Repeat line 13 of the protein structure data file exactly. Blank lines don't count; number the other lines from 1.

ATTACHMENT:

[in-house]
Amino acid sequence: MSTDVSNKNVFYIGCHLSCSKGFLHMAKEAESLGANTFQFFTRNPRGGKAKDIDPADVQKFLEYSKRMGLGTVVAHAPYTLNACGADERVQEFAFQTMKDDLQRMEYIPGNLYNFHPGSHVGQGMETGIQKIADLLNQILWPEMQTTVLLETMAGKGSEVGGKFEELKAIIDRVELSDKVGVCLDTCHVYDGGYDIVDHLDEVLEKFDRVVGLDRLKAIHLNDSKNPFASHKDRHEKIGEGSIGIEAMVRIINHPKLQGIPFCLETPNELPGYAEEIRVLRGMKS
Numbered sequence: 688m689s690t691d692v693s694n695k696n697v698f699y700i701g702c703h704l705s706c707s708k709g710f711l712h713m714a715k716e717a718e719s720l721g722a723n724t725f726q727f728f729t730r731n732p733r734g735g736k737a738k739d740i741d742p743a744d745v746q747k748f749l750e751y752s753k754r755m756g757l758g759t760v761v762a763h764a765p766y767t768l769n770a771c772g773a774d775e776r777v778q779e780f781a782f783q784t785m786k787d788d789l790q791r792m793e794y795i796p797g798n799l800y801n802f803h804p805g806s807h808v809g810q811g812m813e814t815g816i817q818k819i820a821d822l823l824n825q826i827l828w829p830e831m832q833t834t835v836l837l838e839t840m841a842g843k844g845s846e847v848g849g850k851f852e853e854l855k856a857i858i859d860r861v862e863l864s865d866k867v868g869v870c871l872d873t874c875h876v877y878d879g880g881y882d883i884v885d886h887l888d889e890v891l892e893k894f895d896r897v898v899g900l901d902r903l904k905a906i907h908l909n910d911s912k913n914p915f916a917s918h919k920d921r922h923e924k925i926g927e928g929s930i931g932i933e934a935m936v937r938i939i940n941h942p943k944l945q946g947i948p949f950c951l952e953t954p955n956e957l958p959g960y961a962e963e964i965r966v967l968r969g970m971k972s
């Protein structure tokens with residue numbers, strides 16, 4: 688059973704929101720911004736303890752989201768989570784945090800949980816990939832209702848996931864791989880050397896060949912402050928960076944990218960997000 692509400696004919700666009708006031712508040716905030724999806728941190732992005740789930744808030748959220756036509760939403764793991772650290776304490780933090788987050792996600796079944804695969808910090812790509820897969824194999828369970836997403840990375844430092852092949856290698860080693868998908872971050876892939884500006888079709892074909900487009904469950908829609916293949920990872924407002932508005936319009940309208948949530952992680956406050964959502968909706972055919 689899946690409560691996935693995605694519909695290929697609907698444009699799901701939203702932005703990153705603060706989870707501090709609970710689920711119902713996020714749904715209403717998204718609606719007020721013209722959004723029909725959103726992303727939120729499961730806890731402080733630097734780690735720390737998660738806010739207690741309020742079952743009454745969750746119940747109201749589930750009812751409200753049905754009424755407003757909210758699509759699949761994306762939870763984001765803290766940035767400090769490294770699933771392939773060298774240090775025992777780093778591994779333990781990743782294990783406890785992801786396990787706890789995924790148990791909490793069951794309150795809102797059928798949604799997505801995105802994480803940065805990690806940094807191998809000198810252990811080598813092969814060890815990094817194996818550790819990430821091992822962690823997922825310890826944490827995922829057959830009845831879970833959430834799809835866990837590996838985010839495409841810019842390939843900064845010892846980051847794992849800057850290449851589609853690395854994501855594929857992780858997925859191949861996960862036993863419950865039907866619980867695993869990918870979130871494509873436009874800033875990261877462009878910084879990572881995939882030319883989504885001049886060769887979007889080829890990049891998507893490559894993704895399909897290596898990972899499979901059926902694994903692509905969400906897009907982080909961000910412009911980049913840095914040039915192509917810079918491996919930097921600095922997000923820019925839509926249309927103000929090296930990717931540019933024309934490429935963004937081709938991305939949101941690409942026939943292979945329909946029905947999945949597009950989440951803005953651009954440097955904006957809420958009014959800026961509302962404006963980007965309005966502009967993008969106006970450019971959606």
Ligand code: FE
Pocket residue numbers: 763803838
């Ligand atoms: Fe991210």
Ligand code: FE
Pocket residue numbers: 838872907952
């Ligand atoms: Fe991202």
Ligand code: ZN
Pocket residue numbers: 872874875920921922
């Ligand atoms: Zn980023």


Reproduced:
């Ligand atoms: Zn980023």